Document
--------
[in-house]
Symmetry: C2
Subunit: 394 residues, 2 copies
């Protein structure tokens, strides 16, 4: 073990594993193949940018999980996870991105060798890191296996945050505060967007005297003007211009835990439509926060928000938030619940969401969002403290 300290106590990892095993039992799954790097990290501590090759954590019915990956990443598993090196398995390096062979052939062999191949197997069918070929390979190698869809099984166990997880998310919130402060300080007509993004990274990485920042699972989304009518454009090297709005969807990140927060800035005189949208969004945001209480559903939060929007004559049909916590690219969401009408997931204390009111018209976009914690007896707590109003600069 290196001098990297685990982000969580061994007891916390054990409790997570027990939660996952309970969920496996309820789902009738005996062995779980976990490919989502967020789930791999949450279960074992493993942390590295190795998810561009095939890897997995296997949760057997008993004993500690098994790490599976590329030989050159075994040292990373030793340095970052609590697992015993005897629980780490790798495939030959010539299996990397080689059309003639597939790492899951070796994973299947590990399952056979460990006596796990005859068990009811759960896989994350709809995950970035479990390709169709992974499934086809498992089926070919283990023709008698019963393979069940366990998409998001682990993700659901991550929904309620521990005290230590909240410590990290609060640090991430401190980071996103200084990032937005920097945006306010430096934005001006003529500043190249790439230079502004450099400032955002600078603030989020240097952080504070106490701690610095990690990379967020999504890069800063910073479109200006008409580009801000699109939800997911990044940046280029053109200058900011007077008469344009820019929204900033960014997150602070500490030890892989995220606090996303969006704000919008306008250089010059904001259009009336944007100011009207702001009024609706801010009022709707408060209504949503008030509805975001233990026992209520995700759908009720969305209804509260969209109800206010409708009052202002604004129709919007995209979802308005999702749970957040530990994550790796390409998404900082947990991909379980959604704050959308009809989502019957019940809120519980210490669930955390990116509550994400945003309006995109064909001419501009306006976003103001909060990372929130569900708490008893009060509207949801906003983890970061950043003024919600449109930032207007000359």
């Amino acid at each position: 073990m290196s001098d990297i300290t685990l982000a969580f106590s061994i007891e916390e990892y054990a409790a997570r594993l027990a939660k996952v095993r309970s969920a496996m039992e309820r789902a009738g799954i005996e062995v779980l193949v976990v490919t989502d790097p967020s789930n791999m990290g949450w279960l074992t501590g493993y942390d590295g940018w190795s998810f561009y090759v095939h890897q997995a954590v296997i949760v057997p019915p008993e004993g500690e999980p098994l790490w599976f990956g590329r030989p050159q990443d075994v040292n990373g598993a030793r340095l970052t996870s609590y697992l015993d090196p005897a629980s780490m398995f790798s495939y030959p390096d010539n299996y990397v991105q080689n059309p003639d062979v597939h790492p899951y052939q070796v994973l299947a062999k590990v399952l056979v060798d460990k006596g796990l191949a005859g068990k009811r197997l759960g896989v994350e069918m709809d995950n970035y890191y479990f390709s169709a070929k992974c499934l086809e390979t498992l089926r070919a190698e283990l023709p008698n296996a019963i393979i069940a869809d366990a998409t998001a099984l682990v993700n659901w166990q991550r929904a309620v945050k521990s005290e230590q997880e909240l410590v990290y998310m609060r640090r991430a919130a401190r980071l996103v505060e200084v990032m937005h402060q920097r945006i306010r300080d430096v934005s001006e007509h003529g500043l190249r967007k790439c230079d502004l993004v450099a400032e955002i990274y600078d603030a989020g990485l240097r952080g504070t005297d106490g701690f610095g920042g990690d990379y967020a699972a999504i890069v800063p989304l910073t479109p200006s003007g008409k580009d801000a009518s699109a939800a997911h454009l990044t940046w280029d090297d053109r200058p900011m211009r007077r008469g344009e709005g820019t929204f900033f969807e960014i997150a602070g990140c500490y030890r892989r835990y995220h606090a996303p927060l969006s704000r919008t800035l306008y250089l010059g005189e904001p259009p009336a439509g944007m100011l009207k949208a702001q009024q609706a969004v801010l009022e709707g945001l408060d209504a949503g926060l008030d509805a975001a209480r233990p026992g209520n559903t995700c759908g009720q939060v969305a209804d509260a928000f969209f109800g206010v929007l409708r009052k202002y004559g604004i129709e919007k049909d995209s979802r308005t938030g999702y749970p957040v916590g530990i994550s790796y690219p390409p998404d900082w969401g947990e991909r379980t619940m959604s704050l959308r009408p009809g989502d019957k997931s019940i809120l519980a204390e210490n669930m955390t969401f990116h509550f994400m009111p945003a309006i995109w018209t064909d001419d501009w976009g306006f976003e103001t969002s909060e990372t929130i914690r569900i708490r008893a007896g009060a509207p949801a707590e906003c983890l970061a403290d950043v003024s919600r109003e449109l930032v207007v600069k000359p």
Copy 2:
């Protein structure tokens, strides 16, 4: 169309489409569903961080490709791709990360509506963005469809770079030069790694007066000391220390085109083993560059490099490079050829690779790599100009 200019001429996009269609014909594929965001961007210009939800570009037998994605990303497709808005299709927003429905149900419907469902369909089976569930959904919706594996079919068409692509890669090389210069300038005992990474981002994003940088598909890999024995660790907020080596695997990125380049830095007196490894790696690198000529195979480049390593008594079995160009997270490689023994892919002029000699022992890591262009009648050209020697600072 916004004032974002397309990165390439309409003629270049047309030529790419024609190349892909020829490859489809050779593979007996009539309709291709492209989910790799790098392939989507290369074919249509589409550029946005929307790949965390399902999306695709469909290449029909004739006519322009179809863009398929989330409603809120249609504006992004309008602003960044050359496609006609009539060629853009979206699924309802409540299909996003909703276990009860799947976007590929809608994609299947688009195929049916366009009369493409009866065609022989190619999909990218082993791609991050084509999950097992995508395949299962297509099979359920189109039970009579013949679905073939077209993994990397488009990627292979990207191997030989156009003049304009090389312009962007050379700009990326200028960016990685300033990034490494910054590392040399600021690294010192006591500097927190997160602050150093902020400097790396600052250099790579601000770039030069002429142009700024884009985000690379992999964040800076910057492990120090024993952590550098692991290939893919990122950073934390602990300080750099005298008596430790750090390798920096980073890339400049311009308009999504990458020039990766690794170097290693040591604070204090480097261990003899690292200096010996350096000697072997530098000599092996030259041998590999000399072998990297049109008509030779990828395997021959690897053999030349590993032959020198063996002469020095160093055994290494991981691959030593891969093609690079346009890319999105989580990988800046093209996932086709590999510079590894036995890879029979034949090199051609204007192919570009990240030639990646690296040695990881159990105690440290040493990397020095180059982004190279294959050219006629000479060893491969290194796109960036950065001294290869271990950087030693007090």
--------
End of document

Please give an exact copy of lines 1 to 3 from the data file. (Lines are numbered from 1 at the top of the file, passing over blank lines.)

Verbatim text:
[in-house]
Symmetry: C2
Subunit: 394 residues, 2 copies